The growing areas of sweet potatoes

Today, the sweet potato is in third place in the cultivation hit list of all root and tuber vegetables worldwide – just behind the two front runners, potato and cassava. Over 120 million tons of yams are harvested around the world each year, with 100 million tons bearing the brunt in China, where most of the yams are used as animal feed. Sweet potatoes that are offered for sale in Germany mostly come from Israel or South America.

However, some sweet potato varieties can also be grown in this country, so that there will probably be more and more domestic sweet potatoes in the next few years.

How to store sweet potatoes

In extreme cases, the sweet potato can grow up to 30 cm long and weigh several kilograms. In contrast to our usual potato, the sweet potato does not store so well. In the refrigerator, it should be stored in the not-so-cold areas. If you have a cool pantry, you can keep the sweet potatoes there for a few days.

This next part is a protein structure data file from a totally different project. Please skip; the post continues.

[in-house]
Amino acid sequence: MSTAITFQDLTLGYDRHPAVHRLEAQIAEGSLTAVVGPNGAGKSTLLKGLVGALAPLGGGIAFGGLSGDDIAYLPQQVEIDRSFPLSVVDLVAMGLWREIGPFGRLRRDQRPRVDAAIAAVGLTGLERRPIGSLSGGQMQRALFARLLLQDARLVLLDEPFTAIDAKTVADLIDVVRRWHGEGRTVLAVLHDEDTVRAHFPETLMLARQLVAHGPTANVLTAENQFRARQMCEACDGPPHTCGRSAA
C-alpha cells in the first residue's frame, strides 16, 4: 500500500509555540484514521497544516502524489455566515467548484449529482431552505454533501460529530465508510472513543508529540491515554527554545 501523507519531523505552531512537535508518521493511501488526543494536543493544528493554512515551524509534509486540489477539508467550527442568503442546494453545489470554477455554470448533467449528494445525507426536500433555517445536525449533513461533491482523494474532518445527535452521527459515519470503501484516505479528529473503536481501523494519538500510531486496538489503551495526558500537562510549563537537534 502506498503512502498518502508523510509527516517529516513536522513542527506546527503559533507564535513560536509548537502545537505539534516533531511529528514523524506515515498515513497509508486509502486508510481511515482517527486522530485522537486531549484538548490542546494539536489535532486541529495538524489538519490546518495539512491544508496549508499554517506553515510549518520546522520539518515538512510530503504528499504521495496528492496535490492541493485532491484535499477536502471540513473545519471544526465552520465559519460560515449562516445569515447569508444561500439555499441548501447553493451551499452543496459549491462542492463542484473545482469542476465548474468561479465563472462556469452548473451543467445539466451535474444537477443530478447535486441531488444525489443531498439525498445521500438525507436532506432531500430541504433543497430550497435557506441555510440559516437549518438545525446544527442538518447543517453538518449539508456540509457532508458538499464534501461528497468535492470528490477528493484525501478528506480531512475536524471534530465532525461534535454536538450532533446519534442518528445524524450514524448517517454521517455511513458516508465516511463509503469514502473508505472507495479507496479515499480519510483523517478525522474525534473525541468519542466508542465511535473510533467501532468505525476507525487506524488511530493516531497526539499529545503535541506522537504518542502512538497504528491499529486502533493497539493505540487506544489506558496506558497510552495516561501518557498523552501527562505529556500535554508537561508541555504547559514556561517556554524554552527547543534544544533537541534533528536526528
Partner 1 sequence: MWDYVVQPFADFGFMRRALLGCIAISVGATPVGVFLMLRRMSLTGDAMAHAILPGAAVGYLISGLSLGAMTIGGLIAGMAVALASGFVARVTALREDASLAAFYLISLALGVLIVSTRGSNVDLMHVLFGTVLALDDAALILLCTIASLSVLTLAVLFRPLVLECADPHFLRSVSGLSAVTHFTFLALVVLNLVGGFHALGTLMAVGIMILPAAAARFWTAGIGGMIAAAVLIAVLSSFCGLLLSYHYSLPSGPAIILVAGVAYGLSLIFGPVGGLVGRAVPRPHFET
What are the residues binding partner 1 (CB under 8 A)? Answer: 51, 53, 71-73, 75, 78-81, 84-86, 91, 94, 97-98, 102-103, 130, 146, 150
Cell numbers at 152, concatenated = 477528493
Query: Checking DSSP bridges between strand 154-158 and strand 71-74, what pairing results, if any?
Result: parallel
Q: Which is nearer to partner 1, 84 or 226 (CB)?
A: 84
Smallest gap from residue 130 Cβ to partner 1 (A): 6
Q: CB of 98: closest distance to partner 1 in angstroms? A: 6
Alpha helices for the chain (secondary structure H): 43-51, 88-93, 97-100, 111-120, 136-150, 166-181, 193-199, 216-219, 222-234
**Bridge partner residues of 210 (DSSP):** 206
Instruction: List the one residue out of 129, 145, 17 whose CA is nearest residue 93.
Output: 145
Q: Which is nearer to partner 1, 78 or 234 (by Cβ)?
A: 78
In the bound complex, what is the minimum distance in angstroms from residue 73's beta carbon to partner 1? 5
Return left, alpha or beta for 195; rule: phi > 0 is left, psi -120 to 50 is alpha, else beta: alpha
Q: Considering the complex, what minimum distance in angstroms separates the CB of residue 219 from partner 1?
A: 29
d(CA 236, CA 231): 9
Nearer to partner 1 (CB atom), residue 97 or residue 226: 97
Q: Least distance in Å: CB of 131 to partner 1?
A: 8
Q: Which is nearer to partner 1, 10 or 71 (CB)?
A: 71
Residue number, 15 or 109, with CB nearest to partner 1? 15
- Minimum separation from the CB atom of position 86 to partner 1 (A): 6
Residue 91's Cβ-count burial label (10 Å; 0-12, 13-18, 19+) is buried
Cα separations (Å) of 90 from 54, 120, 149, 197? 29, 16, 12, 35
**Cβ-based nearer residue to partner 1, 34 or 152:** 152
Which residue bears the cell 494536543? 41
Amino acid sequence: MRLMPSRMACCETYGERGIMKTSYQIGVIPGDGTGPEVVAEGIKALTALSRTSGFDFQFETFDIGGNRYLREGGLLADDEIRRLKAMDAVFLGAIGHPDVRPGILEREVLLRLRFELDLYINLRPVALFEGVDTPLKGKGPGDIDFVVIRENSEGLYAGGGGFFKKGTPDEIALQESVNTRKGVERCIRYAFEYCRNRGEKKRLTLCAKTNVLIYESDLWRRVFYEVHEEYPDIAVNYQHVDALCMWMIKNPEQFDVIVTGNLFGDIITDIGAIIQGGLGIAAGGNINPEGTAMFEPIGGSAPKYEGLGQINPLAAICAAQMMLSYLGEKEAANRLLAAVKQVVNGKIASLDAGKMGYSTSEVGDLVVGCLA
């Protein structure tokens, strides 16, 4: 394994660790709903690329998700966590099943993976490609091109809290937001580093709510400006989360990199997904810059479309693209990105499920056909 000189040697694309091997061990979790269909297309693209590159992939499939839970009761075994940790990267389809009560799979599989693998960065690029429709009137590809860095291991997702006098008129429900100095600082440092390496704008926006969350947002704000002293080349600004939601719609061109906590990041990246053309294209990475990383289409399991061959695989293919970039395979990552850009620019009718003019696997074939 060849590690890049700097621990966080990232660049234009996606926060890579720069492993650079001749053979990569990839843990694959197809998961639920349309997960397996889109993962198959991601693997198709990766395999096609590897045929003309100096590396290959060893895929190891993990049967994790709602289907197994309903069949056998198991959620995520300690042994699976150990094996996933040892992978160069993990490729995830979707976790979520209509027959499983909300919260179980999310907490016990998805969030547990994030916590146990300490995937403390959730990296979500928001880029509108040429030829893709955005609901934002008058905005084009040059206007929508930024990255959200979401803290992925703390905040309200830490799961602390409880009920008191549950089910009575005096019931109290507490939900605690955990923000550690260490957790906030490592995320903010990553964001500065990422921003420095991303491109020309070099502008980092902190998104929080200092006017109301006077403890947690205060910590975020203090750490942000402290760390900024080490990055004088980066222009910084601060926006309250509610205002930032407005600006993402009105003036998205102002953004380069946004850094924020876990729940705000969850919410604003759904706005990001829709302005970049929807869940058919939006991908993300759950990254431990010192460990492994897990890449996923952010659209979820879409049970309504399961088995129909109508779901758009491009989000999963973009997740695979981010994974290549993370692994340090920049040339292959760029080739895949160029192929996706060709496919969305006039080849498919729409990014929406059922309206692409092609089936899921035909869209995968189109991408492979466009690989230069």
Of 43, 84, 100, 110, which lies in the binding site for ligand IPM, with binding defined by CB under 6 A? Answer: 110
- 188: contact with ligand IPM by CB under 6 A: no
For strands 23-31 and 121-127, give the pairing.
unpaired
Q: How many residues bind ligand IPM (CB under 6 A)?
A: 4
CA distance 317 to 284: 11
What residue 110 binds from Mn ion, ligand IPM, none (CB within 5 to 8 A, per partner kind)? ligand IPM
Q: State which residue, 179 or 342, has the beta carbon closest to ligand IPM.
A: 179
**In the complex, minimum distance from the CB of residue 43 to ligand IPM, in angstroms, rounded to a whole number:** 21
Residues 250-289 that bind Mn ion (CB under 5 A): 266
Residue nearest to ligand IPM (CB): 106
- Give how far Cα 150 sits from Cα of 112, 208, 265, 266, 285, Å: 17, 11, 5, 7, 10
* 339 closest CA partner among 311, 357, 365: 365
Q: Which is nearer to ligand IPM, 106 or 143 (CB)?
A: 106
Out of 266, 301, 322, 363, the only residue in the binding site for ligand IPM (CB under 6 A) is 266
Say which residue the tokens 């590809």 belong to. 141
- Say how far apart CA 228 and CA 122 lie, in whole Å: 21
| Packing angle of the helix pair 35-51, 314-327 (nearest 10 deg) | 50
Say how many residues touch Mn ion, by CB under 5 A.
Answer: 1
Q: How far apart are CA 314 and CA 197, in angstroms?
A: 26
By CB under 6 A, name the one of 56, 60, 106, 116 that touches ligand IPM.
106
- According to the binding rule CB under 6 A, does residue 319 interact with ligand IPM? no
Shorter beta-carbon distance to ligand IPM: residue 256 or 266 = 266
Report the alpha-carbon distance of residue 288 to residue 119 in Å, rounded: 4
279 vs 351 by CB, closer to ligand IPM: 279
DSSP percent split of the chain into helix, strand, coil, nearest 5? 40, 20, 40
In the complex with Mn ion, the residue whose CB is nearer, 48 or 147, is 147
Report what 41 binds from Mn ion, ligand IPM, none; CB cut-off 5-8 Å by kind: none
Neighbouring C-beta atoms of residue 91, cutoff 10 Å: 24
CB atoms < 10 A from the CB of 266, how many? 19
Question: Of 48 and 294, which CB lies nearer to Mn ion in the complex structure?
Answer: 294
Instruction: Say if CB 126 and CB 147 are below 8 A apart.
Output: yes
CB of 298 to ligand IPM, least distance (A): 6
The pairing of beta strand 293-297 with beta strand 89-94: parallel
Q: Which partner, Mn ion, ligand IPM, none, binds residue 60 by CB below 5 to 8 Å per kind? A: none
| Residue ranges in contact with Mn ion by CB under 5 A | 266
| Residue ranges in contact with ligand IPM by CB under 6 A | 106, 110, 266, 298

In the tropics, the way you do it is to dig up the sweet potatoes in your home garden only when you need them. However, sweet tubers are not only very popular with people. Deer, (wild) pigs, and some rodents dig up the sweet potatoes with a passion so that by the time the gardener arrives, the batata bed can easily have been harvested.

You can eat the leaves of the sweet potato

You can just about eat the tubers of our potatoes. The rest of the plant is known to be poisonous. The leaves of the sweet potato, on the other hand, are used as food in the tropical homelands of the batata and processed into spinach-like dishes.

The sweet potato can be eaten raw

Sweet potatoes are very good to eat raw. Unlike potatoes, raw sweet potatoes taste deliciously sweet, juicy, and crunchy—almost like a perfect carrot, just a little bit better.

Is there hydrocyanic acid in sweet potatoes?